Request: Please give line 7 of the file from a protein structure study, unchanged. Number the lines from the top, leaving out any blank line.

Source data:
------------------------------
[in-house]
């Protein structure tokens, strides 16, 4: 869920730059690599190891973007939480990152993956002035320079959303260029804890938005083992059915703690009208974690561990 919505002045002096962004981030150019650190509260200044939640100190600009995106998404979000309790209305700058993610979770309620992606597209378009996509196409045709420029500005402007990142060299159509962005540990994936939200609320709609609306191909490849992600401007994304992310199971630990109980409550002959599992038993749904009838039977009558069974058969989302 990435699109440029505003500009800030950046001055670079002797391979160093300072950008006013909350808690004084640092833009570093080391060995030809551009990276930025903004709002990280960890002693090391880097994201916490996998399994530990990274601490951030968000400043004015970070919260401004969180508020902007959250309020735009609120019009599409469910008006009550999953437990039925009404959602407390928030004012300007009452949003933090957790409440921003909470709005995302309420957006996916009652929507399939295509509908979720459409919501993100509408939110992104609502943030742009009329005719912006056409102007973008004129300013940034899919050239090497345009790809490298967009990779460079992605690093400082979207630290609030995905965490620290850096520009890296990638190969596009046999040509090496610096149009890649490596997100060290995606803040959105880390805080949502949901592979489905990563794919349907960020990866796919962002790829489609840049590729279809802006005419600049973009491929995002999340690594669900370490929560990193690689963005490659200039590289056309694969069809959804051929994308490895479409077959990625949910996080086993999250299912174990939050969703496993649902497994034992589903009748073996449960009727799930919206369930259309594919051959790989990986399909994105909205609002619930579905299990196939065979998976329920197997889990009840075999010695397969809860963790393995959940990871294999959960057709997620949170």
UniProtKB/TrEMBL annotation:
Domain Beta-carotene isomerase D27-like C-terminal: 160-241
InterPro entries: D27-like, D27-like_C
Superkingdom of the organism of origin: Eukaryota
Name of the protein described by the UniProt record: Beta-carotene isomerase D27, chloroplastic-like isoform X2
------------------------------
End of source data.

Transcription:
Name of the protein described by the UniProt record: Beta-carotene isomerase D27, chloroplastic-like isoform X2